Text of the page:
Researchers focused on GABA receptors located on neurons in the brain’s hippocampus, a part of the brain involved in learning and memory. Using CRISPR, they mutated the delta-type GABA receptors to isolate and test their role in brain functioning.
4.Researchers use CRISPR to edit DNA outside of the cell for the first time:
Scientists have developed a potentially breakthrough CRISPR gene-editing tool. It could allow researchers to take fragments of DNA extracted from human cells, put them into a test tube, and quickly and precisely engineer multiple changes to the genetic code.
The advance could have immediate value as a diagnostic tool, replicating the exact genetic mutations found in the tumors of individual cancer patients. Mutations that cause cancer to spread can differ from patient to patient, and being able to quickly identify the correct mutation affecting an individual patient can allow clinicians to implement a more targeted treatment strategy.
5.CRISPR successfully lowers Cholesterol in Mice:
Biomedical engineers at Duke University have used a CRISPR/Cas9 genetic engineering technique to turn off a gene that regulates cholesterol levels in adult mice, leading to reduced blood cholesterol levels and gene repression lasting for six months after a single treatment. This marks the first time researchers have delivered CRISPR/Cas9 repressors for targeted therapeutic gene silencing in adult animal models.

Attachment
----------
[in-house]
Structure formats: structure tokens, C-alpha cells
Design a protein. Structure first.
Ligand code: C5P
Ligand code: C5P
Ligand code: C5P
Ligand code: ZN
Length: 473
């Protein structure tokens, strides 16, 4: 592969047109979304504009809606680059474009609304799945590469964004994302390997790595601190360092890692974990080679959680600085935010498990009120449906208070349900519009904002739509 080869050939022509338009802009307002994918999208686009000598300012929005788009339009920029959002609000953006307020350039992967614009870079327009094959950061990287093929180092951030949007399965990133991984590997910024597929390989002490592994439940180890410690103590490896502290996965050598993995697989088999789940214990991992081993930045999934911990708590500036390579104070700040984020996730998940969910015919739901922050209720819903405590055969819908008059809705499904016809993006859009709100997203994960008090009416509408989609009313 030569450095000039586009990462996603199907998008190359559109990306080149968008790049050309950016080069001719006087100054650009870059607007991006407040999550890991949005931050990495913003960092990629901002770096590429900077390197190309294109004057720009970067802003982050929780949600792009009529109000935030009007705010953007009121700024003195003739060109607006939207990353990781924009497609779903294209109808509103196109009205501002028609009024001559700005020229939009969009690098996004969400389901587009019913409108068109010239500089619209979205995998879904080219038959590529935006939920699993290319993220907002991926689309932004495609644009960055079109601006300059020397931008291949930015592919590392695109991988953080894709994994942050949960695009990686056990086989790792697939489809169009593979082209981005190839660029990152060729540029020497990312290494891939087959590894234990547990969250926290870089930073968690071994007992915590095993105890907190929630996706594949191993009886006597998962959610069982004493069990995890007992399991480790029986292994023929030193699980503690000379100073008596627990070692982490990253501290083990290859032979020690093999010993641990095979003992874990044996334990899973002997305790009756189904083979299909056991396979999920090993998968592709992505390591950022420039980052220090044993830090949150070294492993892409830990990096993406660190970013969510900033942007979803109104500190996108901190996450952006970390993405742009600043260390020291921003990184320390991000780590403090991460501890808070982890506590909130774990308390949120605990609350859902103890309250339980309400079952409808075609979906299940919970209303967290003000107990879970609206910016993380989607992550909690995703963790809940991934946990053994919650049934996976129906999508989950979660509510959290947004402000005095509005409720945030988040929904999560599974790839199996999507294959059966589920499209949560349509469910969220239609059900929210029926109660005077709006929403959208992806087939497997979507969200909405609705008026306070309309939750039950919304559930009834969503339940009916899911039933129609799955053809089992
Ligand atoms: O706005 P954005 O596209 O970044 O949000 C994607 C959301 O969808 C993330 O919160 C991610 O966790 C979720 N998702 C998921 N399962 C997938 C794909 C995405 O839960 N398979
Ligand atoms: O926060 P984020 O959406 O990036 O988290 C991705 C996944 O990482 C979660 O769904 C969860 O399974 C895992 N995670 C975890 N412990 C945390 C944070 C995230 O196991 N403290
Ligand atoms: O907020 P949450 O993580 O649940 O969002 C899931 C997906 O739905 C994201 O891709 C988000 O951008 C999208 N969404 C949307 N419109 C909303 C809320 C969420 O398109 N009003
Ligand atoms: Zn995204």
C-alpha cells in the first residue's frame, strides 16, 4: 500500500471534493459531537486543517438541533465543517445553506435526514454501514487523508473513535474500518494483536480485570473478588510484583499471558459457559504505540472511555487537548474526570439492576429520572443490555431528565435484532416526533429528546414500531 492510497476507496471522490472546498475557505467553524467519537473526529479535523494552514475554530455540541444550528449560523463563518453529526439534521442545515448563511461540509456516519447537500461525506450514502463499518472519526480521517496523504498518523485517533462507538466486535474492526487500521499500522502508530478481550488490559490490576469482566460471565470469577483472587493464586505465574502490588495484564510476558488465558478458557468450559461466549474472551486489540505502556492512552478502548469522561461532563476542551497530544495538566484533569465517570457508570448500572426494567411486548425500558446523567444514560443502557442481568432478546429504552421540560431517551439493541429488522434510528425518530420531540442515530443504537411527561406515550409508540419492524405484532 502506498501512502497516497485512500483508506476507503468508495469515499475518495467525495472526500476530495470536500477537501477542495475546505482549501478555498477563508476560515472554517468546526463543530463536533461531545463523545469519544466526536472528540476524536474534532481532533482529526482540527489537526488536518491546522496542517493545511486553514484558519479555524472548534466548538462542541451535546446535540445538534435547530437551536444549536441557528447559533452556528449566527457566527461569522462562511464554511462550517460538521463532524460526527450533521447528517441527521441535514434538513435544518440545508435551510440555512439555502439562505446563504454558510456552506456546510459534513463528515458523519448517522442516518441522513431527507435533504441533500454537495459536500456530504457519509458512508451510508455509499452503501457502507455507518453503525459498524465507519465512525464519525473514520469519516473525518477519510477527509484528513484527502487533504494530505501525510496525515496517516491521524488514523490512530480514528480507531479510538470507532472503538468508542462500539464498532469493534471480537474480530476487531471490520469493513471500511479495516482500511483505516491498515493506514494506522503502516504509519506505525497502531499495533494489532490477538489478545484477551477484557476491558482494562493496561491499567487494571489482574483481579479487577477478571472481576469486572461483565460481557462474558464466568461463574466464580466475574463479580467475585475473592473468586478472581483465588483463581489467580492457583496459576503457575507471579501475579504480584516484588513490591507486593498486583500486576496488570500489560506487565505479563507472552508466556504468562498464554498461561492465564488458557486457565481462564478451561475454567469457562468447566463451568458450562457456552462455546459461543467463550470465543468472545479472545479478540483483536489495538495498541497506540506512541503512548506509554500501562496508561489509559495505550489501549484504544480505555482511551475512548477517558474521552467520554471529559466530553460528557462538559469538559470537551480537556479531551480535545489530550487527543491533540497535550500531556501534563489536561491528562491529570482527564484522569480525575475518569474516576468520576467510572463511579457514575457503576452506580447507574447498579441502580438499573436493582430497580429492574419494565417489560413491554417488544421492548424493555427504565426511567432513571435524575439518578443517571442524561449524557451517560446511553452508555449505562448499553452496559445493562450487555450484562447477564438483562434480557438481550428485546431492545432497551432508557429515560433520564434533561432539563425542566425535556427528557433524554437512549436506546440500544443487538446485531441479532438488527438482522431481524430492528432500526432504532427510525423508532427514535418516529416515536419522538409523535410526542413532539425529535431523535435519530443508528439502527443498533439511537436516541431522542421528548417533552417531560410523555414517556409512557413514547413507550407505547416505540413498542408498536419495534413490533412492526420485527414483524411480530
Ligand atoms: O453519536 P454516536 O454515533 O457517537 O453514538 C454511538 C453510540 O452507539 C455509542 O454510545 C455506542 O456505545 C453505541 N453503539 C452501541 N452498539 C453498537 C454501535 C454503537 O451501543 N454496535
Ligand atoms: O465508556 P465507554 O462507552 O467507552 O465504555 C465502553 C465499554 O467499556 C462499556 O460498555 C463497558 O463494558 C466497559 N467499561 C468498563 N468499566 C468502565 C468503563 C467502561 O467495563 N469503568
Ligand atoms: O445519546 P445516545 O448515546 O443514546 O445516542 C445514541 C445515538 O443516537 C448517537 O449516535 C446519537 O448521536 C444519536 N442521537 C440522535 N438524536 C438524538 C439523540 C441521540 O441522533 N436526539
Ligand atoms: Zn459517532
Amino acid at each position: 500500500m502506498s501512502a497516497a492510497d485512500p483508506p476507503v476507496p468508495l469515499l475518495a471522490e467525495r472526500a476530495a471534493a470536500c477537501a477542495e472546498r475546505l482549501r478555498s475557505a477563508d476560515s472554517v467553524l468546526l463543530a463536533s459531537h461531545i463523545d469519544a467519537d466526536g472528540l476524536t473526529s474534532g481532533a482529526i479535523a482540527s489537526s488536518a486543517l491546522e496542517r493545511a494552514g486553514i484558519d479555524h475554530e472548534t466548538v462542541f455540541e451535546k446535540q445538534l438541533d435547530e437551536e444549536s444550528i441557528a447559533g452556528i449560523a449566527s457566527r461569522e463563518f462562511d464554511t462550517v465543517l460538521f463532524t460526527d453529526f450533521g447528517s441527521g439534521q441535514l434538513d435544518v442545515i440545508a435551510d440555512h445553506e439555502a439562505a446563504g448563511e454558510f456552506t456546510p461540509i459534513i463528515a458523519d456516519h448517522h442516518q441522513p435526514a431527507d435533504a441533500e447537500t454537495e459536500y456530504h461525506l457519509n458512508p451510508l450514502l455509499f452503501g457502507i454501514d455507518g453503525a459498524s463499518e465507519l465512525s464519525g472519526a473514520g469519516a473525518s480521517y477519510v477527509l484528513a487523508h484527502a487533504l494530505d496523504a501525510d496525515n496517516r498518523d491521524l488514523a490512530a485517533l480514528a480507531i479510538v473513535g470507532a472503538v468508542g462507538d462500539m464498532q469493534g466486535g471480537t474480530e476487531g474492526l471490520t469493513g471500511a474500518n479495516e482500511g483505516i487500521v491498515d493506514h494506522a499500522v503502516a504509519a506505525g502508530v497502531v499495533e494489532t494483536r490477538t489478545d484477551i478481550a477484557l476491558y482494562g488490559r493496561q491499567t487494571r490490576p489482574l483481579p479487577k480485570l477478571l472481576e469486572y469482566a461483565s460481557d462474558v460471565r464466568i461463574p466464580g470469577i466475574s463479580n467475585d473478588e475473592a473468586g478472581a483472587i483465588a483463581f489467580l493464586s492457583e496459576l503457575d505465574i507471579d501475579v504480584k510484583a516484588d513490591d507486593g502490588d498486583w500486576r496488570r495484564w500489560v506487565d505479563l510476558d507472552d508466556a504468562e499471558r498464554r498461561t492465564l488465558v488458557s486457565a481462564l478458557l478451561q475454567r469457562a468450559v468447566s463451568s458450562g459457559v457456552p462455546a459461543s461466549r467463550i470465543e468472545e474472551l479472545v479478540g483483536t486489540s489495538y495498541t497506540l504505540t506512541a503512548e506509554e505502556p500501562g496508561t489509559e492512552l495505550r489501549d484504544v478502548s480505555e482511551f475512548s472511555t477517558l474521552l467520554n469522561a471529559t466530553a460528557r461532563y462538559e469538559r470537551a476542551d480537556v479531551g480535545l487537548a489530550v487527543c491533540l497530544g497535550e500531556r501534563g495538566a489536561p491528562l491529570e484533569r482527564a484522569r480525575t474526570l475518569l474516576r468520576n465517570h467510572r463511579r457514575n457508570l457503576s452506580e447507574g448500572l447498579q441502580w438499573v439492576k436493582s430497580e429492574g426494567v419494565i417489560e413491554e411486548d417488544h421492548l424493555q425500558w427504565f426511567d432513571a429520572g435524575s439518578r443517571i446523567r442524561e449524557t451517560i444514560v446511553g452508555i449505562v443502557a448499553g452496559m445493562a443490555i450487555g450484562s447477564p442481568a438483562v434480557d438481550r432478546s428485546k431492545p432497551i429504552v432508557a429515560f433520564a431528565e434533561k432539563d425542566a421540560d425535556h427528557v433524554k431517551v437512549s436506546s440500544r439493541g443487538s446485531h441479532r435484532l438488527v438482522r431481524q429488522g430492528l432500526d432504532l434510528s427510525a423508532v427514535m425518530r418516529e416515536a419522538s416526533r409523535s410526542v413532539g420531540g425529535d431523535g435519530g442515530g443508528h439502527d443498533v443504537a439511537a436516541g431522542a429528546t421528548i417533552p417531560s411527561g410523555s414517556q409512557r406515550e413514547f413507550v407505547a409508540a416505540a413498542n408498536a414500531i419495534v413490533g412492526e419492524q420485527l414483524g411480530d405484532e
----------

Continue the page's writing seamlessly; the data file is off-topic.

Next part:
6.Curing disease by repairing faulty Genes:
MIT researchers have now developed a way to deliver the CRISPR genome repair components more efficiently than previously possible, and they also believe it may be safer for human use. In a study of mice, they found that they could correct the mutated gene that causes a rare liver disorder, in 6 percent of liver cells enough to cure the mice of the disease, known as tyrosinemia. The researchers believe their new technique could be used to treat wide range of diseases, especially those of the liver.
7.Chinese Scientists Create Low-Fat Pigs using CRISPR-Cas9: